The alternative way to prevent crashes, changing driving attitudes, is horribly tough going.
Take, for example, the decades long drunk driving campaign that hasn’t come close to eradicating that dangerous and criminal behaviour.
And those alluring cell phones have made things harder instead of easier.
Especially since we’ve misled drivers to believe that hands free use is safe. How ridiculous that we ban only hand-held use in the face of overwhelming and acknowledged science that hands free is no safer! Have you signed my petition yet?
Driverless technology, on the other hand, is immediately effective.
The most basic “driverless technology” is automatic braking. That alone will eliminate approximately one-quarter of all crashes. Why? Because approximately one-quarter of crashes are rear-enders.
I am relying on American statistics, because British Columbian statistics on that point are oddly unavailable.
In early 2015, within two months of Google unveiling their prototype of a fully autonomous car, I had written a column calling on our political leaders to mandate autonomous driving technologies.
I feared that automobile manufacturers would offer them only as expensive options, unavailable to those unable to afford them. And that those who could afford them would decline.
I still think that there should be government interference in the marketplace (financial incentives or mandatory use) to speed things along, but I was encouraged to learn that automatic braking is already coming standard in some vehicles.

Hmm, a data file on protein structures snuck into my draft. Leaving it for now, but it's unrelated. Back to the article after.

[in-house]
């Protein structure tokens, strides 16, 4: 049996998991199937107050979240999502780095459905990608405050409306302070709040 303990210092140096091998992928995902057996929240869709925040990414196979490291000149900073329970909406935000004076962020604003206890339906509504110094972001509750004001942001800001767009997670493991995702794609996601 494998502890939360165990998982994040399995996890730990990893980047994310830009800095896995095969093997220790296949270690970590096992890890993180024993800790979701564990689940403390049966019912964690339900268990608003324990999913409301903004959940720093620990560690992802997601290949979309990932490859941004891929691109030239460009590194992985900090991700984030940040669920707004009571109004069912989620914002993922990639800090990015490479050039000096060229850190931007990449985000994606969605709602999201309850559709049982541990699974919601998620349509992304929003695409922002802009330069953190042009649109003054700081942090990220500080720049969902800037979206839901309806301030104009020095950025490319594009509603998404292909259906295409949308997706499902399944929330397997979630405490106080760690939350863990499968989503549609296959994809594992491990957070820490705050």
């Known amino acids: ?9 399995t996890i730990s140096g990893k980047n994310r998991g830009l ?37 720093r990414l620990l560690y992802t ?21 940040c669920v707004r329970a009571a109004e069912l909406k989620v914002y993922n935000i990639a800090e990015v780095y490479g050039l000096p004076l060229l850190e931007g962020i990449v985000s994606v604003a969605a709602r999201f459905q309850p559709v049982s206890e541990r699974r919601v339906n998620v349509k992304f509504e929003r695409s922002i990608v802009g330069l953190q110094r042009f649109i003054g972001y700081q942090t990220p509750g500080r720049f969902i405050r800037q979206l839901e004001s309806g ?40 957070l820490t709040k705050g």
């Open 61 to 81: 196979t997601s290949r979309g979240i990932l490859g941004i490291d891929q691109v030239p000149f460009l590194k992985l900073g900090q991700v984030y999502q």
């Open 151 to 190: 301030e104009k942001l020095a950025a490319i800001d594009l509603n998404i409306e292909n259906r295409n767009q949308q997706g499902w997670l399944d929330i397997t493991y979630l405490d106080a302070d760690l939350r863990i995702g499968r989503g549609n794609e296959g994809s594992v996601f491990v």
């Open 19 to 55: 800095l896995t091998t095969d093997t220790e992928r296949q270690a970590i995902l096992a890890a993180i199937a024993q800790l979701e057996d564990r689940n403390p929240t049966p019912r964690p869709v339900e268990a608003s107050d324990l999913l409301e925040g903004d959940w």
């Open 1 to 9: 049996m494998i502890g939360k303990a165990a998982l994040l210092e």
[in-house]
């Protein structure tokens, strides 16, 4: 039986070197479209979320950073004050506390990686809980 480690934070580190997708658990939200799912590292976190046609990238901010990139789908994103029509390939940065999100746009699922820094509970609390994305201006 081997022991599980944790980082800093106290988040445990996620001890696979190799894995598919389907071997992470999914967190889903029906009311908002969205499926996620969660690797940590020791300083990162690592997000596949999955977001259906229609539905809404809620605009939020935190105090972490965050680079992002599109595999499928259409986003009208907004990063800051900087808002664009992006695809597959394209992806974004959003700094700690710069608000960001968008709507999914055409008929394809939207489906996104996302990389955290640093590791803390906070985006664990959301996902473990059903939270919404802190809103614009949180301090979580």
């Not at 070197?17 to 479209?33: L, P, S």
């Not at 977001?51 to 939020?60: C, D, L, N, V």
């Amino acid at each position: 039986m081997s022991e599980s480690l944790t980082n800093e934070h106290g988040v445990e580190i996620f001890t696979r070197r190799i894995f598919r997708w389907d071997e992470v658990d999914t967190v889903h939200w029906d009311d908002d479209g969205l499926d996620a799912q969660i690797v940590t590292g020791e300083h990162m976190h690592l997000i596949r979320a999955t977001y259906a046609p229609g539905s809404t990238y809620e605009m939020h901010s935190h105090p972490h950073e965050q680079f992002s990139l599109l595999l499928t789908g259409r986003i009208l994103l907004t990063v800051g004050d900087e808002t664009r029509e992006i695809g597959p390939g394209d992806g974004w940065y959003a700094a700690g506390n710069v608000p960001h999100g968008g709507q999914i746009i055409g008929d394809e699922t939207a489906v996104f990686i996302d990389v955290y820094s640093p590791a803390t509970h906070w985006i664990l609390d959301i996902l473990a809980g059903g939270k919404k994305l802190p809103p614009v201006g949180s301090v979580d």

And driverless vehicle advances are being made in leaps and bounds. A recent CBC news story noted that earlier this month, several automated vehicles (without a driver ready to take over) were set loose on the public roads of Phoenix, Arizona.
The tidal wave of technology is coming, thank goodness!
Thank goodness for the countless victims of road traffic incidents.
But there is a dark side that a Facebook friend has highlighted for me.
Car crashes are a huge industry.
I see it as a small price to pay, for road safety, that personal injury lawyers like me will have to re-tool into other areas of law.
But there are far more dramatic impacts afoot.
Consider the massive autobody industry? Fixing cars is big business. It includes the many businesses and workers actually doing the autobody work as well as parts suppliers and others down the line.
And driverless cars promise to dramatically impact other industries as well, most notably those related to the road transportation of people and products.
A facebook friend helped me recognize that such dramatic changes are likely to come with horribly negative social consequences.
He pointed out that industries related to the automobile have developed over three-quarters of a century. Slow and steady developments bring about stability.
We are not facing slow and steady change with driverless technology. We are facing comparatively very abrupt upheaval. In comparison turns, “almost overnight.”
We are grossly unprepared for that upheaval.
Our political leadership must recognize and act now to mitigate against the massive loss of economic activity and employment.
And we need to take responsibility for ourselves. All of us in these industries must take notice and make plans for our dramatically changing future.
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